And here are a few links to some of the things that I’ve written/spoken about that are either directly related to or relevant to what we’ll be covering in the workshop (I’m sure that I’ll be discussing rhetoric quite a lot):

Blog posts:  1, 2, 3, 4

Posts on the JREF‘s Swift Blog: 1, 2

(& Be sure to check out my Lanyrd profile)

I’m very grateful for the opportunity to be a part of TAM again, and am looking forward to our workshop (and am glad that I get to work with Bob and Eve once more- they’re fantastic (ahem, “Derrida Zombies“, anyone?) )

There’s so much more that I could say about last year’s experience, or about what I’m looking forward to at TAM 2013, but I’ll hold off on that for now. Anyway, if you’ll be at TAM this year, come check out our workshop!

Vegas awaits… ♥

Las Vegas Airport- July 2012

Derrida Zombies! (Bob and Eve and I giving postmodernist nonsense a smackdown at TAM2012)

For your delectation: my favorite 1 minute and 25 seconds from the “Skepticism and the Humanities” panel at TAM2012.

In this clip, my lovely co-panelists (and friends) Eve and Bob and I give postmodernist nonsense a well-deserved smackdown and manage to be pretty damn hilarious in the process. Think of us as the brainy goofy lovechildren of a one night-stand that the Sokal Affair/Fashionable Nonsense once had with The Three Stooges (Or something. Just roll with me here).

And I haven’t even mentioned the best part yet. Are you ready? Okay, here goes: the best part is the moment when Eve and I collectively coined the term “Derrida Zombies”, which became the hilarious (and apt) coup de grâce of our collective smackdown of postmodernist bollocks.

Alas, because it’s just a short clip from a much longer video, I can’t embed it, but it’s available here. Go! Watch! Giggle away! It’s lots of fun, I promise. (And try not to be put off by the mildly disturbing Tom Waits-esque voice I had that morning (I love Tom Waits, but I don’t want to sound like the chap.) I had a nasty sore throat, and that caused my voice to be a little less girly than usual.)

And, lastly, here’s a screenshot from the video. Funtimes! :)

Me, Eve, and Bob on our TAM 2012 panel

More soon! Thanks for reading.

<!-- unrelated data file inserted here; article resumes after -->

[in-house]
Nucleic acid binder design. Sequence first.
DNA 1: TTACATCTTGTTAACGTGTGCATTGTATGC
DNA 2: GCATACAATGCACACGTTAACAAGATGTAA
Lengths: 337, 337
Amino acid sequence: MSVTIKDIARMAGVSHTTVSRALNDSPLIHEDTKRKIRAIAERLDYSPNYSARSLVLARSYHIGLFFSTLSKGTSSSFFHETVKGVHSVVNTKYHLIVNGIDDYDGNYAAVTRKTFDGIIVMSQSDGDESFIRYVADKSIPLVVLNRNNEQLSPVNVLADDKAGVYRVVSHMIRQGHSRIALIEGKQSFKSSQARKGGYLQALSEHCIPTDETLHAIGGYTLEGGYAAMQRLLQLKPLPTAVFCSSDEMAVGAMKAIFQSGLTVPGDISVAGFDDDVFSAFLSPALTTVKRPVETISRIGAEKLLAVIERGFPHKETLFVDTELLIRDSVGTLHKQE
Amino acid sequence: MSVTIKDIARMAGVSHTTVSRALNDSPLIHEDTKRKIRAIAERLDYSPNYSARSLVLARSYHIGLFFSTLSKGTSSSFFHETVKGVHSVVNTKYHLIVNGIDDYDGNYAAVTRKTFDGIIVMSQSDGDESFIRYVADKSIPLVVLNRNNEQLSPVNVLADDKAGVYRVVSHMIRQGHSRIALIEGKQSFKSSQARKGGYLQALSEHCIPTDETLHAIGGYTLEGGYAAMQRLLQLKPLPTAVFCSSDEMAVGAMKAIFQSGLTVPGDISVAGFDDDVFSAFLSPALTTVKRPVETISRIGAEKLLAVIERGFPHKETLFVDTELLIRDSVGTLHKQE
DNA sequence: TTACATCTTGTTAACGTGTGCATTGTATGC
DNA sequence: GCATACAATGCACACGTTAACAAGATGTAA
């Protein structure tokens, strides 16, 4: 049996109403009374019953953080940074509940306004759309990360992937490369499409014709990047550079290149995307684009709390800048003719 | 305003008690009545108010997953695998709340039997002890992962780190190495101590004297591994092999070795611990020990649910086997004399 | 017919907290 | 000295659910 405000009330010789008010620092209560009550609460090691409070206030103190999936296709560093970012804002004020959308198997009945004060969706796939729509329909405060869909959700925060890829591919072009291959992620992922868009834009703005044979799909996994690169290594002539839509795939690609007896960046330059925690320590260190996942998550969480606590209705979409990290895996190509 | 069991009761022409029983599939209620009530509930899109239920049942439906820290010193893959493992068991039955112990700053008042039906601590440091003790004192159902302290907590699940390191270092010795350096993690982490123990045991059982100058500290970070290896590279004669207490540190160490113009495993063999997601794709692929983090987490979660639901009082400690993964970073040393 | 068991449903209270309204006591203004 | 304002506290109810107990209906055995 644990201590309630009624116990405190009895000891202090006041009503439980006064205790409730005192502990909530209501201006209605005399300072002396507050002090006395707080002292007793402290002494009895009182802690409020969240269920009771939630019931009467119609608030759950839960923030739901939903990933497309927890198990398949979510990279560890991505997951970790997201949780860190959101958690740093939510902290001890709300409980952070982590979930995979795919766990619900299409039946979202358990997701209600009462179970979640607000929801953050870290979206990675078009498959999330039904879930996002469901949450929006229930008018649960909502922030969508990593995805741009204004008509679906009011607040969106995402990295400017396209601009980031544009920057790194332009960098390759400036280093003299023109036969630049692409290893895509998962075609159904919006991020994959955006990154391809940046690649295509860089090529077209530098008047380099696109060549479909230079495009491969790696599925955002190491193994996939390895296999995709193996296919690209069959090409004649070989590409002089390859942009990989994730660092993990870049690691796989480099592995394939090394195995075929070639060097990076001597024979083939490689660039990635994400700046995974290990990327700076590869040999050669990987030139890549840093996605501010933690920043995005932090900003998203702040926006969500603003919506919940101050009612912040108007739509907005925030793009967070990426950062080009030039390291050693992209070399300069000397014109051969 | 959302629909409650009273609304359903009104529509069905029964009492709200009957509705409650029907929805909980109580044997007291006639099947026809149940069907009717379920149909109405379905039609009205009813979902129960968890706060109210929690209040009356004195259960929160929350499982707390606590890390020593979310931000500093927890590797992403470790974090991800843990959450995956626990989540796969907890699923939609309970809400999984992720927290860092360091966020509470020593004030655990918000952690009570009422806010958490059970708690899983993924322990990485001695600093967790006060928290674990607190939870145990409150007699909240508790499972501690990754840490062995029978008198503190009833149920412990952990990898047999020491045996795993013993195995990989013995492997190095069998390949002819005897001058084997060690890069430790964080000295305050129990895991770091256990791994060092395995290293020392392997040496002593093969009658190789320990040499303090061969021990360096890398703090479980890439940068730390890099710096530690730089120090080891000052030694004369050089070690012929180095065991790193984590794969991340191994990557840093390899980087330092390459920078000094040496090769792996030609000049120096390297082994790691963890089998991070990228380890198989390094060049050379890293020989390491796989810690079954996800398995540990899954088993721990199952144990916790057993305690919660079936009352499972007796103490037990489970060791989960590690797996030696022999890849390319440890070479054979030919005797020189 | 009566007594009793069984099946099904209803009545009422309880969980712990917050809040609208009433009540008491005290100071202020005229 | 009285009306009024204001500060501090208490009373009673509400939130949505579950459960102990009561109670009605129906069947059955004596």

Virtual Skeptics- Episode #25

Exciting!: I was a guest on tonight’s episode of The Virtual Skeptics, a weekly web series produced by some seriously dedicated, brilliant, and admirable skeptics ♥. Tonight, I played the role of Bob Blaskiewicz, who was off galavanting around with Michael Shermer in the middle of some snowy Wisconsin cornfields (or something like that ;) )

I had a wonderful time and I’m very grateful to my Skeptic Superhero friends for inviting me to take part. I’ll embed the recording below. It can also be accessed here and here, and the show notes are available here.



The Virtual Skeptics airs live each Wednesday night at 8 p.m. EST (1 a.m. GMT), and the recordings are posted shortly after. Both the live show and the recordings are available here and here. You can also find The Virtual Skeptics on Facebook, Twitter, and Google+.

Enjoy the show! (^‿^)

The Virtual Skeptics Halloween Ex-Scare-Vaganza!

For your delectation: some Halloween-themed skeptic goodness. ♥

My friends, the wonderful skeptic superheroes behind the weekly web series The Virtual Skeptics, very kindly invited a few “special guests” (myself included) to be on tonight’s “Halloween Ex-ScArE-VeGaNzA!!!!!!” episode. It was lots of fun & we had a fantastic time. I’ll embed the recording below (and here’s a direct link, if the embedded video doesn’t work for some reason).



The Virtual Skeptics airs live each Wednesday night at 8 p.m. EST (midnight GMT), and the recordings are posted shortly after. Both the live show and the recordings are available here and here. You can also find The Virtual Skeptics on Facebook and Twitter.

Enjoy the episode! (^‿^)

SkeptiCamp Denver & ‘Pragmatic Rhetoric for Idealistic Skeptics’

SkeptiCamp Denver 2012 was fantastic! I really enjoyed spending time with lovely dear friends, meeting new people, and hearing some great talks. And, speaking of talks, my friends (the Cool Colorado Kids, particularly (the inventor of SkeptiCamp!) Reed and Rich) were kind enough to let this out-of-towner participate in their event, and I’m very grateful for that. Be sure to check out SkeptiCamp5280‘s Lockerz photo gallery for some great photos from that day (and some of my photos can be found here).